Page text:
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Saturday 15 August 2009


It's a while since you've had a full-scale rant from me and I feel it's been too long. How you have managed, I have no idea. Wait no more: I feel the need to share a little thing that has been bugging me since a book launch I went to a while ago. Let's not be precise about the exact date and let's not go anywhere with the name or genre, because I do not wish publicly to embarrass the author, who should be embarrased enough all by herself. I'll just say that once I was in London and found myself persuaded.

Tomorrow evening, I am going to a launch which will not be crappy. Lin Anderson, gruesome crime-writer par excellence (gruesome crime, not gruesome writer) is launching her new book in the Edinburgh Book Festival and I am going. Partly to cast my eagle eye over the tent because that's where the Soc of Authors party is being held and I need to forestall any glitches which would otherwise come back to haunt me. Partly because I've been asked to another party immediately after it (God, my life is dull) in the same venue so I won't even have to damage my pink suede shoes by walking anywhere. But mainly because it will be a good do and Lin is the consummate professional.

Unlike the author whose launch I took time out of my day to support. Little did she care. I tried to talk to her and say well done but I just got a slit-eyed glare and a miraculous disappearing act. Had my reputation preceded me? Did I kick her with my pointy shoes? No, I missed that chance. Next time, next time ...

Now, when it's your first book, there are lots of things that you can do wrong at your launch and get away with, like being nervous and shy. Nervous and shy can be very endearing. I remember a debut author's launch when there was barely a dry eye in the house, so endearingly nervous and shy was she. You could tell that she had really taken trouble - she'd spent time working out something nice to say and how to thank the various people "without whose help and support" etc etc. Yes, she was shaking with nerves, but she looked at us. Yep and yay, she looked at us. And smiled. Even one of those two would have been enough.

But rude author did neither of those things.

See, there are crappy things that no one should ever do at one's own launch (or in fact anyone's). A sensible publisher should never let a new author loose on a book launch without some timely advice.

Now rather than personalise this, because I really don't want to, let me stop talking about that launch and just talk about launchy mistakes in general, mistakes that can be made and indeed have been made at book launches. In the spirit of helping you achieve a happy launch when your time comes, I give you my simple guide to:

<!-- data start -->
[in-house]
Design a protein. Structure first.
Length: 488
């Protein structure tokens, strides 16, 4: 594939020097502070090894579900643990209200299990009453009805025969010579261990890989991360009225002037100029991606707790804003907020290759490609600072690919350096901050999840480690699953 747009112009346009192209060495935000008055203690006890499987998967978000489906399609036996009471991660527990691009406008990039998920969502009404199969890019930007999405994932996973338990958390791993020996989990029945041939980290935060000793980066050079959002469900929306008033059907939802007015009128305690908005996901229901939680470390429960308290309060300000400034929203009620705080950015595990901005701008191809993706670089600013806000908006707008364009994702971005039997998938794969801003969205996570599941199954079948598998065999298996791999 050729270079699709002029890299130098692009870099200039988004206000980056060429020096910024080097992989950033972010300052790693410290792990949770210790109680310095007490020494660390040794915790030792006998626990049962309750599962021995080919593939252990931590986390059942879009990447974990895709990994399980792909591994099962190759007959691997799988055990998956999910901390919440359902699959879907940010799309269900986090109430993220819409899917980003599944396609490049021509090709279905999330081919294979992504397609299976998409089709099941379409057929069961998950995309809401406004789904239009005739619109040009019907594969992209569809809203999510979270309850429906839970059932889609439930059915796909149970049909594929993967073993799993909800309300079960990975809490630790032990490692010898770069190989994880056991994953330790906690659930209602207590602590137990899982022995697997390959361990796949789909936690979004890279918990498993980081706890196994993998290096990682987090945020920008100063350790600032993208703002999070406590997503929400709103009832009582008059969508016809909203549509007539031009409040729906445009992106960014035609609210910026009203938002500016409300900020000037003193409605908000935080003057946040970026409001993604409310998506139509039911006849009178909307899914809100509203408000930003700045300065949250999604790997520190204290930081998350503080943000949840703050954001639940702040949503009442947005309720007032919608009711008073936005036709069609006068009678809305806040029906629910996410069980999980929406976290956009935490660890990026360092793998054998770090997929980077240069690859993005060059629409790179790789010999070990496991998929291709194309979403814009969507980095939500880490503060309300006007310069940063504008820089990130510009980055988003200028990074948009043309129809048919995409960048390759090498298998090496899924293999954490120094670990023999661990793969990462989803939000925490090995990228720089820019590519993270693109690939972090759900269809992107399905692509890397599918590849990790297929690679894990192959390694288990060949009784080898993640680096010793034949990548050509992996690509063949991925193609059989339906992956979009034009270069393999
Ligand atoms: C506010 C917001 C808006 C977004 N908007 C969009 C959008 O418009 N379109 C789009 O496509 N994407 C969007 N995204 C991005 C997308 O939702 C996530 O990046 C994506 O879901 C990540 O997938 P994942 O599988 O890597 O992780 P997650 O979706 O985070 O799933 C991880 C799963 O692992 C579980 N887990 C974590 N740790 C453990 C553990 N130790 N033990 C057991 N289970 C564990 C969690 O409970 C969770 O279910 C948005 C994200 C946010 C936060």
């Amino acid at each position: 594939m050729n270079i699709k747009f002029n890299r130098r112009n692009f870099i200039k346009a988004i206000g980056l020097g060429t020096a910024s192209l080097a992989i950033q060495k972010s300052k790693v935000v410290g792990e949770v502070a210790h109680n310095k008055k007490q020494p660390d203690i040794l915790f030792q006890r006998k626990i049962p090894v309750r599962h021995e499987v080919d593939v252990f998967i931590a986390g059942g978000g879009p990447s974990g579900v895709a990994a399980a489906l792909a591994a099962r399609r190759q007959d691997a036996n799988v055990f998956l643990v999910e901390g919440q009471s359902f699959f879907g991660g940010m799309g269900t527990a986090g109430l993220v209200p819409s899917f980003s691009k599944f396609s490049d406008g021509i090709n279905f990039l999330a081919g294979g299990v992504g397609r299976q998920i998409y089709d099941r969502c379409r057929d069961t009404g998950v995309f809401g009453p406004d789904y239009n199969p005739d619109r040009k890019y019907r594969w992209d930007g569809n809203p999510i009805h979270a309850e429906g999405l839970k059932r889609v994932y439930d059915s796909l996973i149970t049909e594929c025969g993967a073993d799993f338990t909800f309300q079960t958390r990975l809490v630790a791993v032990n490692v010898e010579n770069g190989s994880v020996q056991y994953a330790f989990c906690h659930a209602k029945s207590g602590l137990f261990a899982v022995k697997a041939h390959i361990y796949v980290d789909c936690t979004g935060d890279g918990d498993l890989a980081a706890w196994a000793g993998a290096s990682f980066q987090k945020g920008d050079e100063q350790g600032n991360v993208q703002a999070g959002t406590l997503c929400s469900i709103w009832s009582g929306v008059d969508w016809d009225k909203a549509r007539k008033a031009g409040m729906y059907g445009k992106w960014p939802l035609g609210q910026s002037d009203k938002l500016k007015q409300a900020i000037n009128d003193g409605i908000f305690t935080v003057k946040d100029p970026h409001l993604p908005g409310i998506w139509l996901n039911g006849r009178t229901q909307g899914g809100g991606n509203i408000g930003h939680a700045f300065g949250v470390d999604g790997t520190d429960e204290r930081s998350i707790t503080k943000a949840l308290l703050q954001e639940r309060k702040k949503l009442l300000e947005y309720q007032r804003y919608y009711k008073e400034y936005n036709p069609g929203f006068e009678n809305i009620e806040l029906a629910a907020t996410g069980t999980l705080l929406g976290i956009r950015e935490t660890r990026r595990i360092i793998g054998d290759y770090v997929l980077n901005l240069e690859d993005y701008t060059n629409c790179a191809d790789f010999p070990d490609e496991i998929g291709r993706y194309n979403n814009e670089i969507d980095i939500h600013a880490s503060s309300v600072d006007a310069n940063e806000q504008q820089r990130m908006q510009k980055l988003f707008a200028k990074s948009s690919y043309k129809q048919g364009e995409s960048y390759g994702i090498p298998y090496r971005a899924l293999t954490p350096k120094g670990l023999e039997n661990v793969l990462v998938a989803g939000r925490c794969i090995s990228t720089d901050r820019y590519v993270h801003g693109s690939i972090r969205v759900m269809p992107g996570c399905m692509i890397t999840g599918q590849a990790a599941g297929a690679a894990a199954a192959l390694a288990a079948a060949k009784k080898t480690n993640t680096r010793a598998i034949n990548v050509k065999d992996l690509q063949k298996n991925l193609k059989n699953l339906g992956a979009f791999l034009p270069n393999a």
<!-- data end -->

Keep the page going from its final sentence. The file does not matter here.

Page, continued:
"How to make a good impression at your first book launch."
  • of course you will invite lots of your own friends: lovely! But please ask them not to be rude to the staff or to the established authors there, who have come to support you, and who may well have better things to do. Those authors wish you well - usually - but you won't get many chances. Earn your place; earn your friendships. Or live to rue the day you were so frigging rude.
  • prepare something to say - you don't have to be a stand-up comic: just say a few words about how happy and how grateful you are. Because you should be.
  • prepare a little bit to read; and damned well practise it, often, until you can actually read it in a way that people will listen to while they're standing up with warm wine in their hands (it's always warm, even when it starts cold - it's not the host's fault ...). And, while, you are reading, look up.
  • smile modestly, occasionally. Or even often.
  • don't drink too much wine before you speak
  • if anyone from your publishing company comes, show gratitude. If two people come, be seriously flattered.
  • when your editor says fabulous things and compares you to JK Rowling, realise that this is what editors do. It means sod all**. It does not mean you're going to be really really successful, or even a bit. It means they're living on dreams and couldn't think of anything else to say. And it also means that everyone in the room who actually knows about publishing is trying not to laugh. (**For Lynn's sake, I should stress that it's only the JKR bit that means sod all - all the other lovely things your editor says are most likely true. Even when they are being paid to say it.)
  • if anyone buys your books, be grateful; spare them some time to chat and SMILE; thank them for coming
  • and never, ever, ever play the prima donna. You've got to be stupendously good to get away with it. Actually, to be honest, you'll never get away with it. No one ever does. You may sell books but people will say crappy things behind your back and then blog about you.
The people you meet at your launch are people who gave up some time to support you. They did not come for the free drink and pretzels.

Thing is - back to that launch ... - I had a look at the book, read a few sentences. But all I heard when I tried to read a few words was the author's voice.

And I didn't buy it. Frankly, I wouldn't read it if you gave it to me.